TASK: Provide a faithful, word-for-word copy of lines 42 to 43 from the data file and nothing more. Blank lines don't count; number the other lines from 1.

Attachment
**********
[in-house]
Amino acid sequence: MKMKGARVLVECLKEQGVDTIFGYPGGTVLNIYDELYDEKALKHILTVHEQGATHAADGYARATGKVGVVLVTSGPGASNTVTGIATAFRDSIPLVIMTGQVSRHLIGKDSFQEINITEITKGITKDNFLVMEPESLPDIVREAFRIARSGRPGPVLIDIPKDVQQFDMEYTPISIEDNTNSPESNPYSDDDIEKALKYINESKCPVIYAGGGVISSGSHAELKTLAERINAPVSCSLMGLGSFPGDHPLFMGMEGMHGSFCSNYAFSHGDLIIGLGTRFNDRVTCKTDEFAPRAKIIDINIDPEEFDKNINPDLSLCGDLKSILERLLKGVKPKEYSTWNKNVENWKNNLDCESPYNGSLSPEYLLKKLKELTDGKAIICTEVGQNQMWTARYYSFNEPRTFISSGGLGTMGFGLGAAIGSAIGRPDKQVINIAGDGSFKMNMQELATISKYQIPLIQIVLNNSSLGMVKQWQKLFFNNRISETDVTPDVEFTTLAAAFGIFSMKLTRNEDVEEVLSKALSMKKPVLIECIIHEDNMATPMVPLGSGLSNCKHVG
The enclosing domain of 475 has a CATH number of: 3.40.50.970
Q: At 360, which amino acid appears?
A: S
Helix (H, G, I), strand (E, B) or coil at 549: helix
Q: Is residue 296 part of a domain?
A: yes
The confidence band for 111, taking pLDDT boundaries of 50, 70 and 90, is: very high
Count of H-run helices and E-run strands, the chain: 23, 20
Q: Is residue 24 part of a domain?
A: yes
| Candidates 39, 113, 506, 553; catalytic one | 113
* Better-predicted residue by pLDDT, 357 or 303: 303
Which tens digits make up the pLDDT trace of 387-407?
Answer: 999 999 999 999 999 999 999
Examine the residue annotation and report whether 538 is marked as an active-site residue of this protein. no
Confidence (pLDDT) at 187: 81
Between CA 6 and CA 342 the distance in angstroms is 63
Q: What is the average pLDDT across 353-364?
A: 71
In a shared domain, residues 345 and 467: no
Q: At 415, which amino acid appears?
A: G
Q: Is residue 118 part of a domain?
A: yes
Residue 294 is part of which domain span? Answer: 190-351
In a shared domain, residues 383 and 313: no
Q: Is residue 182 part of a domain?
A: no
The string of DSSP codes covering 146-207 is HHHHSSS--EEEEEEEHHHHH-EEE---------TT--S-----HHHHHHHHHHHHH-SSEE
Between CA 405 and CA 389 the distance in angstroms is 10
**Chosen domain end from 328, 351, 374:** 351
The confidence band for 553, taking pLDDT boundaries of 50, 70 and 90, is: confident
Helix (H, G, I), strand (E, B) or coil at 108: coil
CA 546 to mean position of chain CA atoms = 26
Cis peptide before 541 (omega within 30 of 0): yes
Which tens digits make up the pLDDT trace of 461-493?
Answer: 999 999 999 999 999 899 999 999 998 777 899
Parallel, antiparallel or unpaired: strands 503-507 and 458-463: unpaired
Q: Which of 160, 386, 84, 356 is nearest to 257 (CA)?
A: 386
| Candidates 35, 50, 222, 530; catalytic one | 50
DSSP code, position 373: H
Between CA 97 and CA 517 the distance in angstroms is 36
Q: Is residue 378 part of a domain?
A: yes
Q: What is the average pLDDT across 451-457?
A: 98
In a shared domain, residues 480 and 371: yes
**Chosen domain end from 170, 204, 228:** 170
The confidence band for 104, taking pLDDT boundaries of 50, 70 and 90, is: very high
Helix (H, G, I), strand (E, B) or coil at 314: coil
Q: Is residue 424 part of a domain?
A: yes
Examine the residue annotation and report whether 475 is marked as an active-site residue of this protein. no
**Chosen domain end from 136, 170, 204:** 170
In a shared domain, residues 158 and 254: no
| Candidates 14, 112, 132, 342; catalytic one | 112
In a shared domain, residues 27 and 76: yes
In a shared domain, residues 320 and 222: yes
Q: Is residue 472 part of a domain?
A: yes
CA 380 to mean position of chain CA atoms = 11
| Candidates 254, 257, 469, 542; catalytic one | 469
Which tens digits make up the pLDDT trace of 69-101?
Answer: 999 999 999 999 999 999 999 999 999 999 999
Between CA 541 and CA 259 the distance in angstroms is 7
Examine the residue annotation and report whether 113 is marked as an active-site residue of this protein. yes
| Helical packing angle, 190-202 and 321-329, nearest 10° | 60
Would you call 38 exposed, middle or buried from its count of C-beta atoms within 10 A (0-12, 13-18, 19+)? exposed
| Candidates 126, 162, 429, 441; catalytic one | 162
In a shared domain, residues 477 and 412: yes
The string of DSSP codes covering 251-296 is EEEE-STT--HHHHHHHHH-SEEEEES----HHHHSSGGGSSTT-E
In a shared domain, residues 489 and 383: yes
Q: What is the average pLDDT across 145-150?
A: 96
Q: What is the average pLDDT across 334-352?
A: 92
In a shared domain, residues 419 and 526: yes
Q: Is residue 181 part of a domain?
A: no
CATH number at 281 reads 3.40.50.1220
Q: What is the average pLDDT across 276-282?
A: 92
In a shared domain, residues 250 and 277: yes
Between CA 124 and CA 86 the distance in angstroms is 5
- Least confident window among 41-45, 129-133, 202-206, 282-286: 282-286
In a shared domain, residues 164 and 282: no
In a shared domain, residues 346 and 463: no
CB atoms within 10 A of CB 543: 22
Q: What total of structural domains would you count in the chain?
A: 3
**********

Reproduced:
A: 386
| Candidates 35, 50, 222, 530; catalytic one | 50